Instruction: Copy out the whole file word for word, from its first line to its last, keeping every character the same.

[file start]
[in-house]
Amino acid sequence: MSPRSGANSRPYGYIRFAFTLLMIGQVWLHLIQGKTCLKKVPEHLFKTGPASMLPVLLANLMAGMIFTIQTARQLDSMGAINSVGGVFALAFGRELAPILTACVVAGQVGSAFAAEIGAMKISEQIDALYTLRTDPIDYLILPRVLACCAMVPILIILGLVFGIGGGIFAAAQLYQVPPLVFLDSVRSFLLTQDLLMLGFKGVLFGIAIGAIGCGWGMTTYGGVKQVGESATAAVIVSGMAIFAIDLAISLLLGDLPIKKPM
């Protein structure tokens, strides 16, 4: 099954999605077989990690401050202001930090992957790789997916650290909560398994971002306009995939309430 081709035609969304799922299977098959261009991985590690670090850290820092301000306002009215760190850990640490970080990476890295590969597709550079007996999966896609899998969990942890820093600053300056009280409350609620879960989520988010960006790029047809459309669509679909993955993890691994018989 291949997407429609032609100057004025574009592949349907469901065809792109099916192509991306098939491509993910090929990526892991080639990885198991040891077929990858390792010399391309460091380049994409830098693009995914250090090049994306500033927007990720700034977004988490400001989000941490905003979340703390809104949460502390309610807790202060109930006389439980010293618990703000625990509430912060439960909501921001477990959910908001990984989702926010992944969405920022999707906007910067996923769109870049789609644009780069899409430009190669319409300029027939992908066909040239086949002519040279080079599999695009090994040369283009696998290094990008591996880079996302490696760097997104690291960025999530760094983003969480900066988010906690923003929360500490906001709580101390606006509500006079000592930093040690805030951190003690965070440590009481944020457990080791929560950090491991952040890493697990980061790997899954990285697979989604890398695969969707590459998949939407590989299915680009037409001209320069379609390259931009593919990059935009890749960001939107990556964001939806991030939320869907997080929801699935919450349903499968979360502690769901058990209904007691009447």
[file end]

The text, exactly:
[in-house]
Amino acid sequence: MSPRSGANSRPYGYIRFAFTLLMIGQVWLHLIQGKTCLKKVPEHLFKTGPASMLPVLLANLMAGMIFTIQTARQLDSMGAINSVGGVFALAFGRELAPILTACVVAGQVGSAFAAEIGAMKISEQIDALYTLRTDPIDYLILPRVLACCAMVPILIILGLVFGIGGGIFAAAQLYQVPPLVFLDSVRSFLLTQDLLMLGFKGVLFGIAIGAIGCGWGMTTYGGVKQVGESATAAVIVSGMAIFAIDLAISLLLGDLPIKKPM
């Protein structure tokens, strides 16, 4: 099954999605077989990690401050202001930090992957790789997916650290909560398994971002306009995939309430 081709035609969304799922299977098959261009991985590690670090850290820092301000306002009215760190850990640490970080990476890295590969597709550079007996999966896609899998969990942890820093600053300056009280409350609620879960989520988010960006790029047809459309669509679909993955993890691994018989 291949997407429609032609100057004025574009592949349907469901065809792109099916192509991306098939491509993910090929990526892991080639990885198991040891077929990858390792010399391309460091380049994409830098693009995914250090090049994306500033927007990720700034977004988490400001989000941490905003979340703390809104949460502390309610807790202060109930006389439980010293618990703000625990509430912060439960909501921001477990959910908001990984989702926010992944969405920022999707906007910067996923769109870049789609644009780069899409430009190669319409300029027939992908066909040239086949002519040279080079599999695009090994040369283009696998290094990008591996880079996302490696760097997104690291960025999530760094983003969480900066988010906690923003929360500490906001709580101390606006509500006079000592930093040690805030951190003690965070440590009481944020457990080791929560950090491991952040890493697990980061790997899954990285697979989604890398695969969707590459998949939407590989299915680009037409001209320069379609390259931009593919990059935009890749960001939107990556964001939806991030939320869907997080929801699935919450349903499968979360502690769901058990209904007691009447």